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A Starkly Clear Choice

December 11, 2005


The recent Surface Transportation Board decision (see “STB Denies NIR Application Without Predjudice”) was a victory for the Village, but only a procedural one denying a summary decision for the applicant. The result will be full application and more extensive hearings, all requiring a lot of expensive legal time for the Village attorneys. Because there is so much at stake for both sides (an operation probably worth 20 to 30 million dollars to them; prevention of a largely unregulated waste/garbage transfer station for us), the loser at this hearing will file a Federal lawsuit challenging same, and the loser of that lawsuit will file an appeal, up to the United States Supreme Court if possible.

Also looming is a fight with Westchester County over waste permits, and litigation with Allied on their claim they never needed a special permit in the first place (see: “Stecich Prepares for WCSW Commission Decision on Regus Licensing”).

We are in a legal morass, looking at years of expensive litigation, which will, I believe, cost us over one million dollars. Given the money involved and the value of the operation they could lose, our opponents are not going to quit, nor will they, as suggested by David Goldman’s letter in last week’s Gazette, rent their space to another kind of business, (the return they could get from this would be relatively minimal).

Before the Court of Appeals decision, the old Metro Enviro operators had an incentive to cheat – they could make more money and apparently thought the worst they could get would be a slap on the wrist. Under a proper settlement, however, Allied would have a strong disincentive to cheat, since getting caught would, under Court of Appeals precedent, allow us to shut them down, and/or deny any special permit renewal, thus interrupting their sure and steady profits and plunging them back into uncertain litigation. We don’t have to have any confidence in Allied’s business ethics, but we can have some confidence that a large public company will act in its own best interest, which sticking to a settlement would be.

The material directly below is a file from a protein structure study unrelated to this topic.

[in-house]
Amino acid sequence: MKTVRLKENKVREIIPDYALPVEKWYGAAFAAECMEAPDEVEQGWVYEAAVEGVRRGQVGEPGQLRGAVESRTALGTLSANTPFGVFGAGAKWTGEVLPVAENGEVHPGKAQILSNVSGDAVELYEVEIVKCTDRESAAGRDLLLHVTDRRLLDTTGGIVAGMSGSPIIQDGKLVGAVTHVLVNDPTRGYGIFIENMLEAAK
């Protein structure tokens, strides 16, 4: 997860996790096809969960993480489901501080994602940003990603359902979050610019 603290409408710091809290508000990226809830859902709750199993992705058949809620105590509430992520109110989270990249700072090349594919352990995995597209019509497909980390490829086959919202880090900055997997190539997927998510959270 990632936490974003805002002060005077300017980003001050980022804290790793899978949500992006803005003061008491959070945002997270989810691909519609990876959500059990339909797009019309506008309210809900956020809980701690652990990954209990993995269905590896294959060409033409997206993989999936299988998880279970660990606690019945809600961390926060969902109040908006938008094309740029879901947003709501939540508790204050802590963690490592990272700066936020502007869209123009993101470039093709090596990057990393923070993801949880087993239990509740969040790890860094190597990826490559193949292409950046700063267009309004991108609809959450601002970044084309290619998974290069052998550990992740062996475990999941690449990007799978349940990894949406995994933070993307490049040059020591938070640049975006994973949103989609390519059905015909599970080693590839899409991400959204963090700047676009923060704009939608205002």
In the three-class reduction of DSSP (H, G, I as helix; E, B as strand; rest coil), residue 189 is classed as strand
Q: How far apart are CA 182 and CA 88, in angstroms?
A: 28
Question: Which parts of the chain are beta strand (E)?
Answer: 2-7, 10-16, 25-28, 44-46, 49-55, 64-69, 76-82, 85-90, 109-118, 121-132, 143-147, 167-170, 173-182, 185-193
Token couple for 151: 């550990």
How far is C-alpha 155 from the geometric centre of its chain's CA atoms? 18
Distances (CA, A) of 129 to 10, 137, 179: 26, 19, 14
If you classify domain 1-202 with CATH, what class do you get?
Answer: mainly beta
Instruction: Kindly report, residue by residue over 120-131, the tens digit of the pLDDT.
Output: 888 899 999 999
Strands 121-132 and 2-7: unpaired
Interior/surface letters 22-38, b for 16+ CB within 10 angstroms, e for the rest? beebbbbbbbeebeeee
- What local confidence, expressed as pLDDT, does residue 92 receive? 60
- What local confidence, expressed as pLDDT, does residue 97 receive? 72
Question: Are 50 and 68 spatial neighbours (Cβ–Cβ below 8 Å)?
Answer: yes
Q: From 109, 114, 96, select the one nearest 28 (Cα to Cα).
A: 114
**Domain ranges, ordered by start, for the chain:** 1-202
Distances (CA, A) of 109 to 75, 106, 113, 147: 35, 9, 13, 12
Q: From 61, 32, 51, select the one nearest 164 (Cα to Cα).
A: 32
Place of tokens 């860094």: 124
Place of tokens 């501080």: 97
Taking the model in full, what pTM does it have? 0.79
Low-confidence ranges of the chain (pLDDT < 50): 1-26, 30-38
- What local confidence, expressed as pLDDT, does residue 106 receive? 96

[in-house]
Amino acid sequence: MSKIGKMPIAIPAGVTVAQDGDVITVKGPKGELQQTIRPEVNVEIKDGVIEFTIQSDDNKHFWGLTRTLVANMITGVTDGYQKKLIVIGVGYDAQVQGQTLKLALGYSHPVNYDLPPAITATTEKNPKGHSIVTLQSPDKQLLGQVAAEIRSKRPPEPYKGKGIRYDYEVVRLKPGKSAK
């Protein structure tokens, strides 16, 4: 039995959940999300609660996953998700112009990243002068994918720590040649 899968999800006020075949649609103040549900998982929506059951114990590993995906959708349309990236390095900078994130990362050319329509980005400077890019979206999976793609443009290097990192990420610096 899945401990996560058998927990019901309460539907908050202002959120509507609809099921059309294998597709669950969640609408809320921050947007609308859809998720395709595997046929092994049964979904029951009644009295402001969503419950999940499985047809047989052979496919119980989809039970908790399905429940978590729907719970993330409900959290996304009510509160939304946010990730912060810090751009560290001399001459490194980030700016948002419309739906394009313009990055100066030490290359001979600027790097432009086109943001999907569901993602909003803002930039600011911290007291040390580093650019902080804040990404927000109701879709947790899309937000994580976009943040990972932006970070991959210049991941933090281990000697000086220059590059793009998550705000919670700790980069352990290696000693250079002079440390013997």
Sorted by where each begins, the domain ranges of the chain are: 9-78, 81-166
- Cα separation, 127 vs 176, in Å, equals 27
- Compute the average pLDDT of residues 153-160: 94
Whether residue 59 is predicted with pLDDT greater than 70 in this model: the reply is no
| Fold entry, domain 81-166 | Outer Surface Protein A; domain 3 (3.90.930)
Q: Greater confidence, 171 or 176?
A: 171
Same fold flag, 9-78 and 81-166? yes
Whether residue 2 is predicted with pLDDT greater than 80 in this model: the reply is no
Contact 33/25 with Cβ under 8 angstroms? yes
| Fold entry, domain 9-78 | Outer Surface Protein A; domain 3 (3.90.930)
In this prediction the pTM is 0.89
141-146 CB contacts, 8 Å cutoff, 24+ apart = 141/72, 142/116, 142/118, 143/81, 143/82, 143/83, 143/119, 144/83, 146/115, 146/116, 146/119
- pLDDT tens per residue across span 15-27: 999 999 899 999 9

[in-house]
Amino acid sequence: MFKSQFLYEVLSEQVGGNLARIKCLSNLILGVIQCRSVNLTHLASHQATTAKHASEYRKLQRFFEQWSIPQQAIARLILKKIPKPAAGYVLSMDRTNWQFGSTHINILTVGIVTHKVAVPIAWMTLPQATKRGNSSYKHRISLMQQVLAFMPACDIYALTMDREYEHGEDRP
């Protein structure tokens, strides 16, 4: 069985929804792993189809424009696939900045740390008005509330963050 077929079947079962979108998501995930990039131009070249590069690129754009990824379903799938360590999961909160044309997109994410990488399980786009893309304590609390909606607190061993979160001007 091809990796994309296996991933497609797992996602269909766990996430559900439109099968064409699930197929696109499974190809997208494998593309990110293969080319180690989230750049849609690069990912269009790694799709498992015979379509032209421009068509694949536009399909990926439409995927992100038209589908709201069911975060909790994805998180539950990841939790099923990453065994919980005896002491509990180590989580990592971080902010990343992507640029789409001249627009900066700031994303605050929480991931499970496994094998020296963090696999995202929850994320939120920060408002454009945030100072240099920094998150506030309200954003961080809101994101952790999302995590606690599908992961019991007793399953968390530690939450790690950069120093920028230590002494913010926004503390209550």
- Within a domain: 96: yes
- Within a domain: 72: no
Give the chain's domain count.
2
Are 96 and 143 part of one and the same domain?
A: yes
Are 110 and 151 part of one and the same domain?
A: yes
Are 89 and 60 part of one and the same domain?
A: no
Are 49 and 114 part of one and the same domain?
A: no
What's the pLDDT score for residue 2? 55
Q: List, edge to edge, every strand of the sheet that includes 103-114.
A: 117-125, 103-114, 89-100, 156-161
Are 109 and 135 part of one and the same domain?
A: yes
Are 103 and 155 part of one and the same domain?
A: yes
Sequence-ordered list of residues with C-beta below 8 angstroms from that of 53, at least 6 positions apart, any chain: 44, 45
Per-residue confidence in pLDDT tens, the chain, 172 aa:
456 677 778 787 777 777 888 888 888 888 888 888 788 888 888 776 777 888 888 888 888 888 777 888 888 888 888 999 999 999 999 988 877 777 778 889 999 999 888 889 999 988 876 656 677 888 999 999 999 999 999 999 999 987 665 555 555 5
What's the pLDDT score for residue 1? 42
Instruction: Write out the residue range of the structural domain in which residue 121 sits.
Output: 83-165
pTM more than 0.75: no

Pros of a settlement:

  • Immediate payment of a large sum of money to compensate us for past legal expenses,
  • Payment of up to one million dollars in fees, leading to significantly lower Village taxes,
  • Avoidance of huge legal fees which would lead to higher taxes, and
  • Avoidance of possible loss of litigation leading to unregulated garbage transfer station.

Cons of a settlement:

  • Having to live with carefully monitored (at their expense) and screened construction debris only transfer station (yes, Mr. Goldman, that is exactly what it would be)

As far as I’m concerned, this is a starkly clear choice – the benefits of a settlement would be huge, and the detriments minor. I continue to maintain that most Crotonites would never know this facility existed if it weren’t for all this publicity.

The prior board may have made a mistake by giving Metro Enviro a permit in the first place, but we are way past that now, and the current board will be greatly compounding this mistake, to the detriment of all Village residents, if they don’t settle on the very favorable terms I believe we can probably still get.